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Philippines condemns rebel landmine attack

DAVAO, November 29, 2011 (AFP) - Philippine officials on Tuesday angrily condemned communist insurgents for using a landmine to kill three soldiers, saying the attack violated an accord banning the use of such devices.

The military said the soldiers were engaged in a community assistance project on the outskirts of the southern city of Davao Tuesday when the landmine went off, killing them.

"We condemn the use of landmines. We are a signatory to (the landmine ban), the NPA (New People's Army) knows that and yet they continue with the impunity of using landmines," President Benigno Aquino's spokesman Edwin Lacierda said.

The attack was a violation of an accord signed by the government and the communist insurgents in 1998, banning both sides from using landmines as part of peace negotiations, the military said.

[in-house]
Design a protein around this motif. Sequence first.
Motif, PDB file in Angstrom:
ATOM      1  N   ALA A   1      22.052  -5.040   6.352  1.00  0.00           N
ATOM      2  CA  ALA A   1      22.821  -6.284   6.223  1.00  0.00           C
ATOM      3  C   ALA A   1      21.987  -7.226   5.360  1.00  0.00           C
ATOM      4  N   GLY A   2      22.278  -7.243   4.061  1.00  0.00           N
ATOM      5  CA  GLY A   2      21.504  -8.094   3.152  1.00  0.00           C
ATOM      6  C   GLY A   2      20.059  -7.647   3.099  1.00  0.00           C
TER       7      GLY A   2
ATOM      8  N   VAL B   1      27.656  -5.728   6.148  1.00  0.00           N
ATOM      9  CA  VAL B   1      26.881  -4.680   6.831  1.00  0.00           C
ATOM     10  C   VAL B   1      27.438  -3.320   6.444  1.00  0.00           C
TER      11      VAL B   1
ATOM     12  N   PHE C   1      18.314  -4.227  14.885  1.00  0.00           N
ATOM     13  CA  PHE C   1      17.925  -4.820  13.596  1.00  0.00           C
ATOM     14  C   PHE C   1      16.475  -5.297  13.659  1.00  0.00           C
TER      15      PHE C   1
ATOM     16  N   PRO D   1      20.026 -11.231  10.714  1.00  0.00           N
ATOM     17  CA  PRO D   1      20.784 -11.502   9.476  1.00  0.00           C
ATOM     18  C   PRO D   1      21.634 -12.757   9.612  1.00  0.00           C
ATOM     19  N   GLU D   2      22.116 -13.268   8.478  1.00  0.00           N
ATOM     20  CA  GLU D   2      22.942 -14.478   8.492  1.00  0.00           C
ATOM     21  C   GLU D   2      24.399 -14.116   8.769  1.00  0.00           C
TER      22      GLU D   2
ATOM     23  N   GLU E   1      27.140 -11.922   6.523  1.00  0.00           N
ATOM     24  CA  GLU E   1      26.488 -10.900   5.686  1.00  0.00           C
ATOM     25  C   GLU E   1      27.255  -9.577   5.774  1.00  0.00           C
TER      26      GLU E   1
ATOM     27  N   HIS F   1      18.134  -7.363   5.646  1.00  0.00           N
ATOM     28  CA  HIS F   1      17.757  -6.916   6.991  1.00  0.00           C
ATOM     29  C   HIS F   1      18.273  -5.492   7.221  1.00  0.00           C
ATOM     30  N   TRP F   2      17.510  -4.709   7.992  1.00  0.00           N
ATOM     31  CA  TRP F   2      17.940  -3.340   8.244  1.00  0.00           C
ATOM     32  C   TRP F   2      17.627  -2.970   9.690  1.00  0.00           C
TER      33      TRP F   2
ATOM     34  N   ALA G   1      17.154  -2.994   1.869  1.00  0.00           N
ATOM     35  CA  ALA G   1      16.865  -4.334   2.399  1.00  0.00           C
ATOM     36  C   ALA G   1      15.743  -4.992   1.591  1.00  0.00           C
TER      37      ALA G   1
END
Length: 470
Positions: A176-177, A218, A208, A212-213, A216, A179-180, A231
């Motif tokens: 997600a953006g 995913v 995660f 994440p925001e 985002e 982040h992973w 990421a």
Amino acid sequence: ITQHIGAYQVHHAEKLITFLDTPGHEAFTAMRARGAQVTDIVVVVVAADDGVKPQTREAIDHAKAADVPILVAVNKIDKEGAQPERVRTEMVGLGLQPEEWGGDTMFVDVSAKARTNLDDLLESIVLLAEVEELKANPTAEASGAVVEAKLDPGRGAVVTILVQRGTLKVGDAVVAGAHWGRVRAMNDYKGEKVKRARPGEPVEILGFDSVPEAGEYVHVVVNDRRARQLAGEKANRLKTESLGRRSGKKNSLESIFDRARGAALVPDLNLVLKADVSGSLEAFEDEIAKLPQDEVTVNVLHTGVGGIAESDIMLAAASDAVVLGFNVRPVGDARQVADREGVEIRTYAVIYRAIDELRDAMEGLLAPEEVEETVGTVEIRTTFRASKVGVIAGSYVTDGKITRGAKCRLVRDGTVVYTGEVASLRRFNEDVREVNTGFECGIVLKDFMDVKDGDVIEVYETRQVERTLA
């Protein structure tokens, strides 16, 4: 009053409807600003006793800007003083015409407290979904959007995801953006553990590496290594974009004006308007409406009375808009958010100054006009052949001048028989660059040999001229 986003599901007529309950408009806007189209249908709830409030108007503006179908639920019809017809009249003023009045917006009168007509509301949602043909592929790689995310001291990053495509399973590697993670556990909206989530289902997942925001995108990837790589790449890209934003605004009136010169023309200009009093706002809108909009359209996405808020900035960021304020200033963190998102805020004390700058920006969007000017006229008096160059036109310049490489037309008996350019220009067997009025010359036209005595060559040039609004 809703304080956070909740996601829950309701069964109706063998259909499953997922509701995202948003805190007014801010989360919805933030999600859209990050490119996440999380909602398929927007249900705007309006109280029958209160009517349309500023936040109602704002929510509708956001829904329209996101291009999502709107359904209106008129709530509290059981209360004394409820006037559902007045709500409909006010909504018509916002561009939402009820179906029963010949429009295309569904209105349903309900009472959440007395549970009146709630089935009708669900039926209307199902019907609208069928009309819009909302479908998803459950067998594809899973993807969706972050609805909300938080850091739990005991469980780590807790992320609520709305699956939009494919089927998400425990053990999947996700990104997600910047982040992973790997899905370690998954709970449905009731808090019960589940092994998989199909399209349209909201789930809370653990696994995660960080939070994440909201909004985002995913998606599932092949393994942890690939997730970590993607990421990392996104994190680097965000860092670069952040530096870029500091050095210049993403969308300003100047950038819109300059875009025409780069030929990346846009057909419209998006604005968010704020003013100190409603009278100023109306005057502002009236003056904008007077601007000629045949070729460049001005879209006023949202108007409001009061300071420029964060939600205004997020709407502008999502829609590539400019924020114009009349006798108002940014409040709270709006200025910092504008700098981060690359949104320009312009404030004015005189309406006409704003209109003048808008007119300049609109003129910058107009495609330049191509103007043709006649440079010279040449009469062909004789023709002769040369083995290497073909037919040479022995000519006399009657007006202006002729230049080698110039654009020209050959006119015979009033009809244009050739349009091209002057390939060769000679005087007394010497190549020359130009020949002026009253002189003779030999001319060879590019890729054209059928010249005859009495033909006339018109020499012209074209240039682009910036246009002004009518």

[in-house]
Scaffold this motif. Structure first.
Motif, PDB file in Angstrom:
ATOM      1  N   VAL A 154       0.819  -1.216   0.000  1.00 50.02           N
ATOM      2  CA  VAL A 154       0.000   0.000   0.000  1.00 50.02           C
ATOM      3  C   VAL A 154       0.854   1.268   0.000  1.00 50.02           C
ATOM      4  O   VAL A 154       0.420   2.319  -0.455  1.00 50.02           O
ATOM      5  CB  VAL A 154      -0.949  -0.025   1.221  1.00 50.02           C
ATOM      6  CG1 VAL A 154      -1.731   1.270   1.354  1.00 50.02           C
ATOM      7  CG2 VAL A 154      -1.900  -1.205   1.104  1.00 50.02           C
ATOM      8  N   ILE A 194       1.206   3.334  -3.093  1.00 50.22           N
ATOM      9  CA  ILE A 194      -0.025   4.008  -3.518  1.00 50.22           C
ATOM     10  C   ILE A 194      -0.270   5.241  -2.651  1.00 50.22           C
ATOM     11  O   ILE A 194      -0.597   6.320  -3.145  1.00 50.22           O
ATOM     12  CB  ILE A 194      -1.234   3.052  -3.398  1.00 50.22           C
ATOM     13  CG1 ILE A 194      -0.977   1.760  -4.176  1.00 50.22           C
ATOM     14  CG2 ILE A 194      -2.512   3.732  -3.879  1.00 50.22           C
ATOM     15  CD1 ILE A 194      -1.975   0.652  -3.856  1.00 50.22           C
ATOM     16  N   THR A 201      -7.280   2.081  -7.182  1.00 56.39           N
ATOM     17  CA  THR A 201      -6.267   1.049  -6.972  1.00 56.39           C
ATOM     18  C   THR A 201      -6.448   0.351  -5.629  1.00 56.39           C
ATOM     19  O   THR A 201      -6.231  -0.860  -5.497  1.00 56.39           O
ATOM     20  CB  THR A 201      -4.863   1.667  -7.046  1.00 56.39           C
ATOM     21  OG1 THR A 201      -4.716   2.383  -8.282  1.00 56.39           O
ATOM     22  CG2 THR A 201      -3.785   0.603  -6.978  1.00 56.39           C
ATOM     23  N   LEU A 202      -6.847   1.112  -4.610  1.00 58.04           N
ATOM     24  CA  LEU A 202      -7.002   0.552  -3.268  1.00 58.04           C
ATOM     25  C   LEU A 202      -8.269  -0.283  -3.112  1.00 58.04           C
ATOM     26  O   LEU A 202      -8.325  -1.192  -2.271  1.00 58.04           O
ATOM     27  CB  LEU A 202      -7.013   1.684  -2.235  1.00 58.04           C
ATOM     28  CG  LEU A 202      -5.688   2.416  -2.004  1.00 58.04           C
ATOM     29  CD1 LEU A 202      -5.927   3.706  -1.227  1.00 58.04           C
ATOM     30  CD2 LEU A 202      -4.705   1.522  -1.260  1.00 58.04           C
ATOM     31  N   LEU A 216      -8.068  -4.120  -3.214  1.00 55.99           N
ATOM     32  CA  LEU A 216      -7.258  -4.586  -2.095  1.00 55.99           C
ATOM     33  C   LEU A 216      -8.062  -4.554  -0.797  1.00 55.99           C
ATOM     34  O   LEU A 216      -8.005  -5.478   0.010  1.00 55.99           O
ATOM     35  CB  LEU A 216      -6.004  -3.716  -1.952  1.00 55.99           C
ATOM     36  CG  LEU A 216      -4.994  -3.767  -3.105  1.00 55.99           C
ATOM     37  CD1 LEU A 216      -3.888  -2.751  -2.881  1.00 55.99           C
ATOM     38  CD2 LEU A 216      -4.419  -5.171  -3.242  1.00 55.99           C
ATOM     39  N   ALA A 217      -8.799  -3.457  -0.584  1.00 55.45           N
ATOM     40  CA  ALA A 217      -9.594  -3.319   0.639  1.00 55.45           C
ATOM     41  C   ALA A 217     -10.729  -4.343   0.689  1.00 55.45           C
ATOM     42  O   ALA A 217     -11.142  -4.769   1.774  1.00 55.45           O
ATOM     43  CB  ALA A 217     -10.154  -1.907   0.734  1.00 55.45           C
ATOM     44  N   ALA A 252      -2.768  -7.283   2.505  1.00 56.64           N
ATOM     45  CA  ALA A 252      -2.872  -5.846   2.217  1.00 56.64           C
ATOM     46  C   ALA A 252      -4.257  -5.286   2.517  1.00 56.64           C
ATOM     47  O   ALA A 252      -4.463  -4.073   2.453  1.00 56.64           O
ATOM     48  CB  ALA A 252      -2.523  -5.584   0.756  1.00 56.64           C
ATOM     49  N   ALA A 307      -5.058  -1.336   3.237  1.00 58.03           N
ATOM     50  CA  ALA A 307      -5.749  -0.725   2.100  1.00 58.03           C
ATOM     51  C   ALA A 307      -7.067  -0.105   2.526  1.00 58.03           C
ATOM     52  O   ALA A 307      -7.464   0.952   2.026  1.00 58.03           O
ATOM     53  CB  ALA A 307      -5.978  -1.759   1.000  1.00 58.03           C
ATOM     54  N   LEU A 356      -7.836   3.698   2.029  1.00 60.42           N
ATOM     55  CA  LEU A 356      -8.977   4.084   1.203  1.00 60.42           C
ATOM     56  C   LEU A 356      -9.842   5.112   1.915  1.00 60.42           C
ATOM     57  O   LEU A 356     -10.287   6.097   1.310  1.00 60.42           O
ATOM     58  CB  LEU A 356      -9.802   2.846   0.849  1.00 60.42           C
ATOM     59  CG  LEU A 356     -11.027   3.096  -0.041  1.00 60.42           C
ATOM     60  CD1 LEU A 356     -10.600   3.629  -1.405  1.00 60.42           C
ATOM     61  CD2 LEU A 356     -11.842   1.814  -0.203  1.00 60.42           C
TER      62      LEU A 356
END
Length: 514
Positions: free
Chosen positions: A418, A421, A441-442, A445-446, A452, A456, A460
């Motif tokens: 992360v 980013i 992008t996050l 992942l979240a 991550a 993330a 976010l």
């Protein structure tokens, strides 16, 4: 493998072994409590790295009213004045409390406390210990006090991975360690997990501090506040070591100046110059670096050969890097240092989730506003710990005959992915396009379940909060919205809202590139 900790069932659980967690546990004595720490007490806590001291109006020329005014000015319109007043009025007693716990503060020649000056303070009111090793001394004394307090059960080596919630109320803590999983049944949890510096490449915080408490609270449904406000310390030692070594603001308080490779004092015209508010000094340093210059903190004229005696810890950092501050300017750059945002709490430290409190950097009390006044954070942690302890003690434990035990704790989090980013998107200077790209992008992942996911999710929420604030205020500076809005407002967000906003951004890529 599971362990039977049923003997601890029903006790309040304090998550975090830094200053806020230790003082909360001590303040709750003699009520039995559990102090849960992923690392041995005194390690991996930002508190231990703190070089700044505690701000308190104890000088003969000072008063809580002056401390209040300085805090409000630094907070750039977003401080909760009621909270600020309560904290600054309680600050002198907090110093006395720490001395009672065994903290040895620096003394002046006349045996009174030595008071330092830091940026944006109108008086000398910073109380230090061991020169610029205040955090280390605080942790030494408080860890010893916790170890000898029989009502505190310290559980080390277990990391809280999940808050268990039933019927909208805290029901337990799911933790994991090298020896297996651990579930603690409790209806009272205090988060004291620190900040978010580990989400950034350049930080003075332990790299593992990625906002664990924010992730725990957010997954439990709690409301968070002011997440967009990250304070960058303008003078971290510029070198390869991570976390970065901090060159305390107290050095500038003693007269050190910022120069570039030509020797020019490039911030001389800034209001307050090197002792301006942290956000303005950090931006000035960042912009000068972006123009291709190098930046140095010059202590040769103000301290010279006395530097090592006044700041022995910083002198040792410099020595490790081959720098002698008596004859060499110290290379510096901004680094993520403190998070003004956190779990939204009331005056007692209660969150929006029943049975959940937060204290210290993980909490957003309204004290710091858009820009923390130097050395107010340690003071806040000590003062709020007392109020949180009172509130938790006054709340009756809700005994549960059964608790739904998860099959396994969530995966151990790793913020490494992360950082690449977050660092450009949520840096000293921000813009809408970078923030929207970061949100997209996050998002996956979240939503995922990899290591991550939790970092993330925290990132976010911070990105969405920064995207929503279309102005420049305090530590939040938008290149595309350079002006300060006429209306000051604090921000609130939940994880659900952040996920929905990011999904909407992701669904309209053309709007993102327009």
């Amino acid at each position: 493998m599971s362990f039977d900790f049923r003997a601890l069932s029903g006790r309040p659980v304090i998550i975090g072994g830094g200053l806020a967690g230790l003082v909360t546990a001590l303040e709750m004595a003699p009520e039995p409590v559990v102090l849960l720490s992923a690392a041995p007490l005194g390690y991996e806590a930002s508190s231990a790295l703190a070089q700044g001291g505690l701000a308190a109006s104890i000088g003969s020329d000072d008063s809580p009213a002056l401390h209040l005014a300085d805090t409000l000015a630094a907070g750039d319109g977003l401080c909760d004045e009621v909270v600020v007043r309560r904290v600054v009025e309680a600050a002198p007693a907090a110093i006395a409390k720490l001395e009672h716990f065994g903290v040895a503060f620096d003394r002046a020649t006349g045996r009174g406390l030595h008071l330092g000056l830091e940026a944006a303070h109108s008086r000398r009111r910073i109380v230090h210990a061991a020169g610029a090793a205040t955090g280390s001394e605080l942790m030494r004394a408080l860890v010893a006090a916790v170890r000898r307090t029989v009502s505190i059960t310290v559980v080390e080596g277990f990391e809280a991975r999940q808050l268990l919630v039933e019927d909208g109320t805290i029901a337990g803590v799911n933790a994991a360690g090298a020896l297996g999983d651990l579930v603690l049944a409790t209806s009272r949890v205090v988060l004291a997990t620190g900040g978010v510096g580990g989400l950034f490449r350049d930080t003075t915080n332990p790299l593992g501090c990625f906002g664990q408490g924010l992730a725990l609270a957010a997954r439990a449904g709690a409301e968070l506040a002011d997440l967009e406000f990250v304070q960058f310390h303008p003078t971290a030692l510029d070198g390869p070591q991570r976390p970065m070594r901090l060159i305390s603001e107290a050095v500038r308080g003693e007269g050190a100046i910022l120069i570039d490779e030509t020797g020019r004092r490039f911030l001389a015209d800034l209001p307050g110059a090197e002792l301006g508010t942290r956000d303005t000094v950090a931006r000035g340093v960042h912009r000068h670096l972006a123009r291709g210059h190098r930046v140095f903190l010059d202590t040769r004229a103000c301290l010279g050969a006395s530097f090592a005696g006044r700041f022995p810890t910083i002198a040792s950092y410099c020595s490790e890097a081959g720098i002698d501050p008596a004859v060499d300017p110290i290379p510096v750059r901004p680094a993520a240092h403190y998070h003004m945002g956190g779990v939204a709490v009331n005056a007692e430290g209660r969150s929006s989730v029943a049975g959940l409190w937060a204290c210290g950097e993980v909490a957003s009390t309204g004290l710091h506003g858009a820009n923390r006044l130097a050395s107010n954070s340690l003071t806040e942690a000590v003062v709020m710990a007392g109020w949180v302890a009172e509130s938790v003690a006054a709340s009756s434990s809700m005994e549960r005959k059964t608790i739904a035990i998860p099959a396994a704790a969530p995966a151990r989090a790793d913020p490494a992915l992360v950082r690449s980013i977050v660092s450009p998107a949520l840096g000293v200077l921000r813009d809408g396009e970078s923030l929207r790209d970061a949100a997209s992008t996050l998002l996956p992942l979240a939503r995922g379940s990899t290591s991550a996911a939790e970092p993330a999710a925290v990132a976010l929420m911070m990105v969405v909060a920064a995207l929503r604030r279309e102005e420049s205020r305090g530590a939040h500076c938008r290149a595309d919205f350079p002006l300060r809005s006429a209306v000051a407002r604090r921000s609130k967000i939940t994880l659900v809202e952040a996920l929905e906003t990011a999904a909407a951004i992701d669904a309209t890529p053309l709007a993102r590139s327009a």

In recent years, the communist NPA has defended its use of such weapons, saying they were set off by remote-control and should not be considered as landmines.

The Philippine government signed a global agreement against the use of landmines in 1997.

The communists have waged a Maoist rebellion since 1969, carrying out attacks mostly in remote rural areas in the countryside, with the insurgency having claimed thousands of lives.

Although the government has held on-and-off peace negotiations with the rebels since 1986, the latest round of talks hit a deadlock in November when Manila refused their demand to free captured insurgent leaders.

The NPA is estimated to number fewer than 5,000, based mostly in the rural areas of this impoverished archipelago.

 

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